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Simple Living

In case you all were not already aware, I am quite a geek. And I have to say, sometimes, there's just nothing on television as appealing as public television. As even further evidence of my geekness, sometimes I'll watch the USU extension channel. There's a particular show on that channel called "Simple Living". It's hosted by a woman named Wanda Urbanska (how's that for being one of the weirdest TV host names ever). Anyway - Her show is all about getting back to basics, cutting out the clutter of our lives, living frugally, and doing more with less.  Kind of like the depression-era phrase "Use it up, make it do, or do without". Sometimes it's a pretty appealing message.

I was reading an article about her that appeared in today's Deseret News, and in that article, she provided 12 steps for Simple Living. Some of them I do currently, and some of them I'm not so good at. But in the spirit of sharing helpful information, here they are:

1. Pay bills immediately. As long as a bill is hanging out there in the unpaid category, it occupies mental space.

2. Bring a mug to work. Instead of going through stacks of single-use disposable cups at work, bring your own ceramic mug. Same goes for a water bottle, plate, silverware and any other frequently used items.

3. Spend time outdoors. Whether sunny or overcast, step outside every day to re-connect with nature.

4. Celebrate your victories. In the rush of our lives, too often we allow our "mountaintop moments" to pass unnoticed.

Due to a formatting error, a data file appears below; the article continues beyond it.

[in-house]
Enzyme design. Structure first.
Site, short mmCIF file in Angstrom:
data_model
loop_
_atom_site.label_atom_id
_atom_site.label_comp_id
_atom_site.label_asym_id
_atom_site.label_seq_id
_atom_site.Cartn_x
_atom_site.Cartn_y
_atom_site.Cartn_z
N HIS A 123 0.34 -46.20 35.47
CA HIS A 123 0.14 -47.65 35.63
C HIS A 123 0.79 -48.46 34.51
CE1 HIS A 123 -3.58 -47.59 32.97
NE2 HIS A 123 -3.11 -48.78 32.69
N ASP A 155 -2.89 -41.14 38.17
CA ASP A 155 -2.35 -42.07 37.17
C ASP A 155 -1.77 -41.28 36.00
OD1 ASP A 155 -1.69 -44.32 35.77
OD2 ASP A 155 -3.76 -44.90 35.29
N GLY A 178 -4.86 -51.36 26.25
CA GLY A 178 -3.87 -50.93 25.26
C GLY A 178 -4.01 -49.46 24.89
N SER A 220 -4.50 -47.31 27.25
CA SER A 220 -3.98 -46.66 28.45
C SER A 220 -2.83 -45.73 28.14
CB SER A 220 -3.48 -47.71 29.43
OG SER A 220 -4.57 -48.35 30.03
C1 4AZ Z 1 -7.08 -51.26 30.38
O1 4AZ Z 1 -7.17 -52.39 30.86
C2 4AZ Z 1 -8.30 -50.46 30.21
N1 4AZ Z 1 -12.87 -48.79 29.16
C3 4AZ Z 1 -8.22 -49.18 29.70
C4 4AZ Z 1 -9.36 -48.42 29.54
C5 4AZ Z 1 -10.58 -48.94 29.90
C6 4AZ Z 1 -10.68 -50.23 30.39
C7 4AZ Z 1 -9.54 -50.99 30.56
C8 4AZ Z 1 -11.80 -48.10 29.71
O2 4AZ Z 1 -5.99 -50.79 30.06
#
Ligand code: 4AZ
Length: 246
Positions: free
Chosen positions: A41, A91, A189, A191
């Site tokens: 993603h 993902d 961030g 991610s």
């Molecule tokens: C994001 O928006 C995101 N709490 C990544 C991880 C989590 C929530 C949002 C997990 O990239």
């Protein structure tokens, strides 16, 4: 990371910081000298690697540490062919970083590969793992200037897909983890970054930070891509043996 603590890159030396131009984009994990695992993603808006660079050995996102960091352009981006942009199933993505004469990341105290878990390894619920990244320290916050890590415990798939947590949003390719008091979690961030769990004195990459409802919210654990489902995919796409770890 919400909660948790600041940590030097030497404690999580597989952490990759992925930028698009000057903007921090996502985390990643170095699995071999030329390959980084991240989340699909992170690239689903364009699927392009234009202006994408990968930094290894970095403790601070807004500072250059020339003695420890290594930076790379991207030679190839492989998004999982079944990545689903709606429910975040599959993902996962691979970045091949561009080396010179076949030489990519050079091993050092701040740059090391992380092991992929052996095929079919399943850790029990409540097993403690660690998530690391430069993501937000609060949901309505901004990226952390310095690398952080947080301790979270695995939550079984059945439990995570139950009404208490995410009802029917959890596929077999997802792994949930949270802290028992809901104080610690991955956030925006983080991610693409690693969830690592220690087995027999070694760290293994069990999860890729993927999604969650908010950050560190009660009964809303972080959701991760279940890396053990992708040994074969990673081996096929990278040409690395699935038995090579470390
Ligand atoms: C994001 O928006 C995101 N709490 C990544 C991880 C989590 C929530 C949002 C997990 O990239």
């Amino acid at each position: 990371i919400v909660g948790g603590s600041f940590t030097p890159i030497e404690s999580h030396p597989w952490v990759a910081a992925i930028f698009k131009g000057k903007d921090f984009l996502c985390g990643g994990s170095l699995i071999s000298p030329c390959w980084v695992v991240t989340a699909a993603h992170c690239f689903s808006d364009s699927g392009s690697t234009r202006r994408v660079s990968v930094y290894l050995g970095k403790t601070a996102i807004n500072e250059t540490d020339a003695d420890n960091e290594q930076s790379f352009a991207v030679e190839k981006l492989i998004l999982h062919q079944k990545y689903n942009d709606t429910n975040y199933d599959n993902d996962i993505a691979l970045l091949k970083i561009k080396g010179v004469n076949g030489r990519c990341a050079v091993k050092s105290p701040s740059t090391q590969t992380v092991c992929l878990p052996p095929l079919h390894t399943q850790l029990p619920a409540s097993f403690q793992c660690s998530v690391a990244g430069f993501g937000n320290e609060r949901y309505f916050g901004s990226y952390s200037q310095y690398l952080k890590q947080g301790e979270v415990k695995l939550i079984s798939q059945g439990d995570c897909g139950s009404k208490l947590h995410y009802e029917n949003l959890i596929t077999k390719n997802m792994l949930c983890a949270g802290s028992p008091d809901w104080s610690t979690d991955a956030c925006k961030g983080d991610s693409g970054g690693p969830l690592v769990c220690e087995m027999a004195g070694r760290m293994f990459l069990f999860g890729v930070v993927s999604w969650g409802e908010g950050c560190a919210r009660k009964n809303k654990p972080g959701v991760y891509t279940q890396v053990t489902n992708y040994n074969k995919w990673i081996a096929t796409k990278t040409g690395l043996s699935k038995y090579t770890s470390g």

5. Pay in cash. Identify a personal spending trouble spot and shift to a cash-only policy.

6. Save your "petty" change. If you buy a bottle of wine for $9.19, pay with a $10 bill, then put the 81 cents change directly into your piggy bank or an old glass jar.

7. Empty your trash. Staring into an overflowing waste basket makes you feel bloated, while an empty receptacle signals that your slate has been cleared, and you're ready to move forward.

8. Turn on the ceiling fan. They provide a soothing, low-level whir (the white noise can help you sleep) and reduce cooling bills in the summer and heating bills in the winter.

9. Hang clothes outside. I was overjoyed to rediscover in middle age that my childhood chore of hanging clothes on the line was actually pleasurable.

10. Buy used. It costs less and cuts down on packaging waste, thus reducing your carbon footprint. Second-hand or consignment shops are great places to find clothes, kitchen equipment and even furniture.

11. Disconnect and reconnect. Take time every day to disconnect from electronics. This will open the way for eye-to-eye contact and genuine engagement.

12. Stop and chat. When you're out for a walk in the neighborhood, or in a supermarket line, make small talk. You will find that "small talk" isn't small, but big and meaningful.


plainoldsarah said…
this is a good post. i just recently started hanging my clothes out to dry - now that i have the time. but the truth is - it doesn't take much time at all! and they dry rather fast out there. i'm now pondering the cash thing. good to know.

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